“I’m very saddened by Doug’s passing but what Doug and Suzanne meant to the community and what they mean to the community is what we really think about,” Orndorff said. “I’m just deeply saddened. … As the years pass, people do too. You lose those people that have been the heart of your community for so many years. Other people come along but Doug leaves big shoes to fill. I respected him and he was truly one of those Southern gentlemen that you come to know and respect in your community.”
Doug Arthur was born in Standardsville and raised in Strasburg. He retired from law in July.
During his time in Strasburg, he wore many hats. He served as president of the Strasburg Chamber of Commerce and as board member for the Strasburg Museum, Strasburg Community Library and Belle Grove, among others. He was town attorney for Strasburg for 36 years.
Doug Arthur served his country, serving two years with the U.S. Army at Fort Benning, Georgia, and Long Binh in Vietnam between 1968 and 1970.
After his military service, prior to which he received law degrees from Virginia Tech and Washington and Lee, he began his law practice, Douglas C. Arthur, Attorney at Law. He settled roughly 17,000 cases during his legal career, said longtime assistant Rhonda Sager, who shared an office with Arthur for 17 years.
“I’ve known of him practically all the time that I’ve been in Strasburg,” Sager said. “Even in my teen years I knew who he was.”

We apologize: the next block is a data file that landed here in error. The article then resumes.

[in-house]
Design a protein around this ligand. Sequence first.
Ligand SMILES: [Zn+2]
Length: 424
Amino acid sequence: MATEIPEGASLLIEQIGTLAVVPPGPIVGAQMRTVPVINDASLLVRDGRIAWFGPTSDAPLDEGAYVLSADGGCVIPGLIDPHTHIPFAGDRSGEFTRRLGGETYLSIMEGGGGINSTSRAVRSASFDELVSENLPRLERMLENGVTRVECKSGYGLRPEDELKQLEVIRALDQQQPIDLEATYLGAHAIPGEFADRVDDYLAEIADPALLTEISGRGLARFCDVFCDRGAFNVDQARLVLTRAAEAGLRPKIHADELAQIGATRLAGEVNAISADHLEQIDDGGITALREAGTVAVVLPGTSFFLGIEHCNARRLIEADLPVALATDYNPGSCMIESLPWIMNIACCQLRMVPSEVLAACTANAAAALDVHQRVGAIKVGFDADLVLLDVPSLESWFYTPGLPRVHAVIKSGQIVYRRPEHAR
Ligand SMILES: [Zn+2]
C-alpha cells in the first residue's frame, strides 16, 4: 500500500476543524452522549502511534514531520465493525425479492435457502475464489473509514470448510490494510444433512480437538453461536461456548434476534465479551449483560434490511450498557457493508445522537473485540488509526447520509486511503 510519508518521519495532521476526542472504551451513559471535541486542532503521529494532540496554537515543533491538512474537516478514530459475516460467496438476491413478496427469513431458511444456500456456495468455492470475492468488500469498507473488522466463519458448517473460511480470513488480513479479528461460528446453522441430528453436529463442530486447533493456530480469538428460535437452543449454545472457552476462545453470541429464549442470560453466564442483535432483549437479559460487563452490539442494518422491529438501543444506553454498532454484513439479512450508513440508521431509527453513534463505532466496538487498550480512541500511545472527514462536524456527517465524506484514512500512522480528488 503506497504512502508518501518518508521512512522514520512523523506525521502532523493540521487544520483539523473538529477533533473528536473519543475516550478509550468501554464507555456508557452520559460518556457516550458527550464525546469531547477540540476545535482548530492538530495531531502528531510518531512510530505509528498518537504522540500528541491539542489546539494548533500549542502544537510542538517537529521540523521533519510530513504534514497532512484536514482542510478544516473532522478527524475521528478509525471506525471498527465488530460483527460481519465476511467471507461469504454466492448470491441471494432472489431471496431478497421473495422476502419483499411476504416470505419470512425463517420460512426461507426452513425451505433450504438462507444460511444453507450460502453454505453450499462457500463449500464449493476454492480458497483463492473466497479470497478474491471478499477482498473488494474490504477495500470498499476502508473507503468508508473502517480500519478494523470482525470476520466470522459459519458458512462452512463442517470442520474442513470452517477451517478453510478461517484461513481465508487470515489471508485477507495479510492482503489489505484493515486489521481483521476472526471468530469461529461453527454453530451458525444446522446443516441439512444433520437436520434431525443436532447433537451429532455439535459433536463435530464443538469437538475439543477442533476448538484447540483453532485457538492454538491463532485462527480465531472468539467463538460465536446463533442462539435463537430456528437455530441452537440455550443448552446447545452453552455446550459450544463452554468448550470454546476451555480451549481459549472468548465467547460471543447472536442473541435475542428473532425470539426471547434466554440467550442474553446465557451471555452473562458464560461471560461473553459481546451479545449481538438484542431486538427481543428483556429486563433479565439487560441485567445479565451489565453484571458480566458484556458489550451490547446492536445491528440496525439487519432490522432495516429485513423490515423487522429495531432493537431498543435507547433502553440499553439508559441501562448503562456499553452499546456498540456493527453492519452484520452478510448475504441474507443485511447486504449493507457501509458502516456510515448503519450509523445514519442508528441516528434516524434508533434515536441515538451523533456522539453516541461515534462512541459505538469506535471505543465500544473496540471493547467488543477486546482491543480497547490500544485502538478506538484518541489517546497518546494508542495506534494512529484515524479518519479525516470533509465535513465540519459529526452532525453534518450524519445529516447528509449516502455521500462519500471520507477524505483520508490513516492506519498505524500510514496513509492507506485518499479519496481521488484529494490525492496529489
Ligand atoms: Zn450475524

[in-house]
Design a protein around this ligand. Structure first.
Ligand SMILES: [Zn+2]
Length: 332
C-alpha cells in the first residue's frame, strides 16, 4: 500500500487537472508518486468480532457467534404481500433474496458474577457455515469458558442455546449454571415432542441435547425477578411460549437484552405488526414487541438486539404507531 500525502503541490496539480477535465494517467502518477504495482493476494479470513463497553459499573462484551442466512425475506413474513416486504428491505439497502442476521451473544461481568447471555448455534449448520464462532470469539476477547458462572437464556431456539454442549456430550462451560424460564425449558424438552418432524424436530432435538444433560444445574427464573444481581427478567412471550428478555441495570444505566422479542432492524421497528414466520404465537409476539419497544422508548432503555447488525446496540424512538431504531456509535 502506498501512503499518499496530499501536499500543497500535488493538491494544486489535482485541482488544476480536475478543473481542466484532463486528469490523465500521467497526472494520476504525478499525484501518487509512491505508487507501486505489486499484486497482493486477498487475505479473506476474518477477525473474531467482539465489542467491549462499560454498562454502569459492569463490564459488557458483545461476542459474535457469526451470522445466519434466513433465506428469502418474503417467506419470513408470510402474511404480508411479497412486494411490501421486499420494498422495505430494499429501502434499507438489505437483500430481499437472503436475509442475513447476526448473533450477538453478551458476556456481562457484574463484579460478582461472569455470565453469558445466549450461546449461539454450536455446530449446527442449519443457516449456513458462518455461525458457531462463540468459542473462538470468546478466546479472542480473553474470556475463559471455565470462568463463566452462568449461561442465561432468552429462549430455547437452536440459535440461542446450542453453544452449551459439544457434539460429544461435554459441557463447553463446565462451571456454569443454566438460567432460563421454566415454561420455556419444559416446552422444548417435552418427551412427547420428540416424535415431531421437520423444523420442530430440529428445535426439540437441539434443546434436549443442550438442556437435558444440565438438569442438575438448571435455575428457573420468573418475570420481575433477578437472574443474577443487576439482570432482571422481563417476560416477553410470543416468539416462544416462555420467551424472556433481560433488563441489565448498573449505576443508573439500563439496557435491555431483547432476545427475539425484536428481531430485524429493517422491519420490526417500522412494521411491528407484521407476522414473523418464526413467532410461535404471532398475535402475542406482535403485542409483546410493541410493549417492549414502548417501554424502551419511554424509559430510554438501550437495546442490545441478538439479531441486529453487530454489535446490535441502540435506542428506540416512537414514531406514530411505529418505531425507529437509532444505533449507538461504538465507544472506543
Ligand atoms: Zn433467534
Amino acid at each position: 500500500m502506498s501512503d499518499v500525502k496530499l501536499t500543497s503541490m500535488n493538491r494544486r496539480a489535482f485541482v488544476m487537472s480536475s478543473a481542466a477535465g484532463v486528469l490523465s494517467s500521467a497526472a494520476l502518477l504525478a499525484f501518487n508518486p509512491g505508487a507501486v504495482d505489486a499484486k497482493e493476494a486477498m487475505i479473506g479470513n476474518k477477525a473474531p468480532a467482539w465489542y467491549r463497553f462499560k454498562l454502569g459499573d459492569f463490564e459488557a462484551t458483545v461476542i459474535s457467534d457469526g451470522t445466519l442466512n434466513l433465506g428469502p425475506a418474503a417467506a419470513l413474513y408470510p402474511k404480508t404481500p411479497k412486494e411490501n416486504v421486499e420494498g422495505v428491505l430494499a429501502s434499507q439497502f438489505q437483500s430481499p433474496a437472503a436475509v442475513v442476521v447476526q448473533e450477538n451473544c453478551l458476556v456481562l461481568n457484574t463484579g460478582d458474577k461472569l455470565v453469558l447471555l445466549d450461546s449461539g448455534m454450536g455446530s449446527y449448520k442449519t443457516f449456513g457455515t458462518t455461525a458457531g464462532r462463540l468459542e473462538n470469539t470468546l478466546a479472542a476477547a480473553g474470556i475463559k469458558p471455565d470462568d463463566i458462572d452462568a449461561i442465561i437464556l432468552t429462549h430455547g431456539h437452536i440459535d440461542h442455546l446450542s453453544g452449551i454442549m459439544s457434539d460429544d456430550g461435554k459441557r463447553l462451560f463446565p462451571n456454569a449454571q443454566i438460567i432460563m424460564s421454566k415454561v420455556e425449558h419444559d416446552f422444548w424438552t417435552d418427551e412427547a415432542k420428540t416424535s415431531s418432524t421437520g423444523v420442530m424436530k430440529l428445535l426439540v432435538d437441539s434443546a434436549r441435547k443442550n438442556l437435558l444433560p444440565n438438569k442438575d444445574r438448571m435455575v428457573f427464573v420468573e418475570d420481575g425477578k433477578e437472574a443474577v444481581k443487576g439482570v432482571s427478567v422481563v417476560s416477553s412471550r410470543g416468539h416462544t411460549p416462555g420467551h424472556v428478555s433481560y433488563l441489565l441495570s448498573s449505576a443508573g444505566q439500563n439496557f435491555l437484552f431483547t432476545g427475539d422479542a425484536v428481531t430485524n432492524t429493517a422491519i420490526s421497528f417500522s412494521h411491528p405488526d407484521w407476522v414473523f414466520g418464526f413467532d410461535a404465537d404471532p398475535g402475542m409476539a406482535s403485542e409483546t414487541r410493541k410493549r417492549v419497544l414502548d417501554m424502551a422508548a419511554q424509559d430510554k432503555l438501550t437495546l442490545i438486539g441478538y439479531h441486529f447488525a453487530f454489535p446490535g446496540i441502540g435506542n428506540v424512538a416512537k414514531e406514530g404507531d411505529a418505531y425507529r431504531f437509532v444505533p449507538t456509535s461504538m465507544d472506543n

She said Doug Arthur was a “very good, all-around guy that is well loved and respected in the community in all the different organizations and boards on which he served. Everybody had the same opinion of him.”
He was also chairman of the board for First Bank and First National Corporation in addition to serving as vice chairman of the board and lead director of the Board of Shenandoah Telecommunications Company in Edinburg.
Attorney Doug McCarthy, founding partner and CEO of McCarthy and Akers, with whom Doug Arthur practiced since April before his July retirement, had high praise, calling him the most gentlemanly lawyers he has practiced with. “That is rare to see nowadays,” he said.
McCarthy noted that Arthur was everything a lawyer should be, an Atticus Finch-type concerned not for the contents of his pockets but for the well-being of his community.
“Doug exemplified helping the community. The community relied on him as a sort of safety net.” McCarthy said. “We try to find solutions and not just pick fights and we knew that Doug was that kind of attorney. … What has happened with the advent of legal shows on television and the larger metropolises enclosing on the valley, things tend to get lost in technicalities instead of finding common ground. He was so integral to Strasburg and that community. He was so involved and people knew he cared about them and was practicing law to help the community.”
Contact staff writer Nathan Budryk at 540-465-5137 ext. 155, or firstname.lastname@example.org
Correction: The name of one of Doug Arthur’s granddaughters was not included in the original story. The story has been corrected.